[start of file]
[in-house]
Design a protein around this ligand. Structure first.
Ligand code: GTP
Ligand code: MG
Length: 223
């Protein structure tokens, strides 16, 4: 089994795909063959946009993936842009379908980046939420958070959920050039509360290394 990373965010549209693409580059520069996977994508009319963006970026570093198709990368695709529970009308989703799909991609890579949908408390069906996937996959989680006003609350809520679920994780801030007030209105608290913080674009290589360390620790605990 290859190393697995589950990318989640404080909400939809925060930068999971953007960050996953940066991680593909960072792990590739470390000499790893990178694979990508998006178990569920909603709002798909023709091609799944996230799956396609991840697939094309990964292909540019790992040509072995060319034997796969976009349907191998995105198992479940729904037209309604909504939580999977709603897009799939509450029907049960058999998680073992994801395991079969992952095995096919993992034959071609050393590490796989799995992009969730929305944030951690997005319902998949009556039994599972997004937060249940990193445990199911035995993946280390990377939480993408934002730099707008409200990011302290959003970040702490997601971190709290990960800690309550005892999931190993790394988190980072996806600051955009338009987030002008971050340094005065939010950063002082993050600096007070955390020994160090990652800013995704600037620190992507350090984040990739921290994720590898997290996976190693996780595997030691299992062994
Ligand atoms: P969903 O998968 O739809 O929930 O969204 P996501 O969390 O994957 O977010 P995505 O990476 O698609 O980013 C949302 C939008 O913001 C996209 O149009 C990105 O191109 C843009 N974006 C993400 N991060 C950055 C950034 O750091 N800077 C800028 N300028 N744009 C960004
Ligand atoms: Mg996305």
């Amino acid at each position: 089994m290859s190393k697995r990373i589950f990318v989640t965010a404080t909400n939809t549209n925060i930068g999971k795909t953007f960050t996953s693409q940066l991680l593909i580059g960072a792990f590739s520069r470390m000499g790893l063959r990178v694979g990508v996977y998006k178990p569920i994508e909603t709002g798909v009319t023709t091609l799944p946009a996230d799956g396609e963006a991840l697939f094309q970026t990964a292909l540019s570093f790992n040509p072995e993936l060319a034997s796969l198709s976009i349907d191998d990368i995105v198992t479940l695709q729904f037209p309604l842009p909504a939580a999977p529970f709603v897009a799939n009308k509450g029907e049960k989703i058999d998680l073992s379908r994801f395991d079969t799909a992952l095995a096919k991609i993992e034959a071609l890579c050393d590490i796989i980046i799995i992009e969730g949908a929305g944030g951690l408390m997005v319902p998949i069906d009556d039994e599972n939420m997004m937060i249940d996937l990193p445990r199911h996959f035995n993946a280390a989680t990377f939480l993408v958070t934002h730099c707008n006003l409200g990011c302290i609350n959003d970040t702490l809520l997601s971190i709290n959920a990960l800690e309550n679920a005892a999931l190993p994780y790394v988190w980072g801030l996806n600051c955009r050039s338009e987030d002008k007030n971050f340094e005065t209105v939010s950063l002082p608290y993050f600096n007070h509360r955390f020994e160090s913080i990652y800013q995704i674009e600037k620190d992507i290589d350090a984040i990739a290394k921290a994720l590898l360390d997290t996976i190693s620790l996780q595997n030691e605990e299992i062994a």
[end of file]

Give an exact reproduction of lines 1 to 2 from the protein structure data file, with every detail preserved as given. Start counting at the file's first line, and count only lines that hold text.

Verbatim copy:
[in-house]
Design a protein around this ligand. Structure first.